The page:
The United States has sent two F-22 Raptor fighter jets to take part military drills in South Korea, a move that is meant to show U.S. commitment to the defense of the region from its North Korean neighbor, a Pentagon spokesman told the Associated Press.
Also on Monday, South Korean President Park Geun-hye appeared to give her country's military permission to strike back at any attack from the North.
Rejecting James Holmes' offer to plead guilty in exchange for a life sentence, prosecutors in Colorado announced Monday that they will seek the death penalty for the young man accused of killing 12 people and injuring 58 in a mass shooting last July at a movie theater.
Many political leaders say the solution for failing school systems is a takeover. But can mayors, governors or other government leaders actually fix broken schools? Guest host Celeste Headlee discusses the expectations and consequences of school takeovers with Emily Richmond of the National Education Writers Association.
And now we'll turn from New Jersey to Detroit, where tensions are really building around the public school system there. The U.S. Department of Education is looking into whether recent school closures have disproportionately hurt black and Latino students. Also, an emergency financial manager is shaking things up at Detroit Public Schools after getting some new authority from the state.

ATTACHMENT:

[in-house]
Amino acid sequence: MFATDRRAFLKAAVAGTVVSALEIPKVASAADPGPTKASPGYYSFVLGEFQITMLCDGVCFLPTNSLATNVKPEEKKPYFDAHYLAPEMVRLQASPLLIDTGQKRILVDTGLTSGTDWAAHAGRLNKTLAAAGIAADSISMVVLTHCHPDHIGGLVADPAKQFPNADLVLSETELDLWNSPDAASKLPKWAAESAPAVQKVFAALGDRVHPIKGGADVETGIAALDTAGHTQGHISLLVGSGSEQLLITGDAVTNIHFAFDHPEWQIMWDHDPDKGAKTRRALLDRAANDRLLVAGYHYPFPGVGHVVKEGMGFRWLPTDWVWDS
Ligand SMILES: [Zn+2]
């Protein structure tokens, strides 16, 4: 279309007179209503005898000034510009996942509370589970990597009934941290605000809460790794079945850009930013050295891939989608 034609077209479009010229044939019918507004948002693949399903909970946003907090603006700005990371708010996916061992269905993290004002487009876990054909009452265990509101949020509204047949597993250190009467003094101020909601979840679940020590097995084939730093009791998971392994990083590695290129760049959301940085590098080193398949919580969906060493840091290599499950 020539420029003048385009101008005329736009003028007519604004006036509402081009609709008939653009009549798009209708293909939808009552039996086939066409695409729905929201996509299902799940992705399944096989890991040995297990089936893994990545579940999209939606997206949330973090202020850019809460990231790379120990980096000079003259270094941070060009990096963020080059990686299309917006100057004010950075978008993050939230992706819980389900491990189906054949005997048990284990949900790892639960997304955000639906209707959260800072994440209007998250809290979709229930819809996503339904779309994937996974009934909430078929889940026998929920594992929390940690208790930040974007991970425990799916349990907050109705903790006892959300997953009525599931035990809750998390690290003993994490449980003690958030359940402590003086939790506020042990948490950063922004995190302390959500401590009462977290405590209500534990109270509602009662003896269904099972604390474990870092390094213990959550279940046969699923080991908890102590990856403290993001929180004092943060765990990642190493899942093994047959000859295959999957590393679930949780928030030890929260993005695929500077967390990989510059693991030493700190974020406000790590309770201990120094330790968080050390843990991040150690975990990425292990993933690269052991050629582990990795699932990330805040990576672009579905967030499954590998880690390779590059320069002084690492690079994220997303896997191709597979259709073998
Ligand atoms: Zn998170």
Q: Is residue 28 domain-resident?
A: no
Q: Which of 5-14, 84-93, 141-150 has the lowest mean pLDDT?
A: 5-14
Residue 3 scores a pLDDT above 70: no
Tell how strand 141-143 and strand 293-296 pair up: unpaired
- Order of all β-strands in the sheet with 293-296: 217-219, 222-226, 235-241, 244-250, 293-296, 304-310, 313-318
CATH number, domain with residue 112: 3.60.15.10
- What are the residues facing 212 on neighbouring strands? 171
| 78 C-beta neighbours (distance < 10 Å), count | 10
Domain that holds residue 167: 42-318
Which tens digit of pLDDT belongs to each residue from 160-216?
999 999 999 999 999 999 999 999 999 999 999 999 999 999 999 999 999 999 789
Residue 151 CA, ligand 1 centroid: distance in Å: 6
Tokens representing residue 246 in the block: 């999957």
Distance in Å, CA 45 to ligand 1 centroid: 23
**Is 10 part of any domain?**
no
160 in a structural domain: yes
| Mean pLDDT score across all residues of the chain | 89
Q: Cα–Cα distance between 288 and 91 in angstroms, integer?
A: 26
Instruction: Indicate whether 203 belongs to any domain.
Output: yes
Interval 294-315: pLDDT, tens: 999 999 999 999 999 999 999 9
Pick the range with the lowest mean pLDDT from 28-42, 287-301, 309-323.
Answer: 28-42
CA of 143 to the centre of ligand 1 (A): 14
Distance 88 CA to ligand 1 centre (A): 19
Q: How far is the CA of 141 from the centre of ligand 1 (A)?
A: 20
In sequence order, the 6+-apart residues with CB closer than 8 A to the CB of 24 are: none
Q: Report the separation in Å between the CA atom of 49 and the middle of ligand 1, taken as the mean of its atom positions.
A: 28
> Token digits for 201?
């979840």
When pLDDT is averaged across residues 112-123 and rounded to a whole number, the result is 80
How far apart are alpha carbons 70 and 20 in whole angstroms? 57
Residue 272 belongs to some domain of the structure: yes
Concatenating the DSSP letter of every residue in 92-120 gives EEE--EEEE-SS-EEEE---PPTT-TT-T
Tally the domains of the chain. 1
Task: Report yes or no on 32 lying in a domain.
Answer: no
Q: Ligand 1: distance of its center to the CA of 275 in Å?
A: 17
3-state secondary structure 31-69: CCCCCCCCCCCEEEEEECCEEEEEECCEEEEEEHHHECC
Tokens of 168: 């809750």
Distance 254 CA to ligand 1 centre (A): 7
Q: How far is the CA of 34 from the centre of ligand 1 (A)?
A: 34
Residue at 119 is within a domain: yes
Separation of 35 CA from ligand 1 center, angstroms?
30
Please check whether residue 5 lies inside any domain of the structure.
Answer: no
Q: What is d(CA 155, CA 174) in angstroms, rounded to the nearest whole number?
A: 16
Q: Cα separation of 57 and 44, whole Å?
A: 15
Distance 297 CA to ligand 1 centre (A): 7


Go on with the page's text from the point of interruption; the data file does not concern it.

Here to explain is Jerome Vaughn, news director at member station WDET in Detroit. Welcome back, Jerome.
This is TELL ME MORE from NPR News. I'm Celeste Headlee. Michel Martin is away. Coming up, we'll talk about school takeovers and whether or not taking a drastic action like that really fixes broken schools. But first we'll bring you up to date on the latest political news. There is a lot going on both here and overseas - the debate over gun control, immigration, and a little saber rattling from North Korea.
Now it's time for a Wisdom Watch conversation. That's a part of the program where we talk to those who've made a difference with their work. Today we're talking with Clinton Galloway. He's the author of the book "Anatomy of a Hustle: Cable Comes to South Central L.A."
This is TELL ME MORE from NPR News. I'm Celeste Headlee. Michel Martin is away. Coming up, cable television has become a staple of our daily lives, of course, and if you live in parts of south central Los Angeles, you might have the Galloway brothers to thank for your daily dose of news, sports and entertainment. We'll talk with Clinton Galloway about how his fight to bring cable to underserved communities took him from city hall to the Supreme Court. That's in just a few minutes.
A decision by India's Supreme Court to reject Novartis AG's bid to patent a version of one cancer drug could lead to more exports of cheap medicine from that country to "poor people across the developing world," the BBC writes.
NPR's Julie McCarthy tells our Newscast Desk that the ruling, announced Monday, ends a six-year legal battle that has been closely watched by pharmaceutical firms, humanitarian aid organizations and generic drug manufacturers.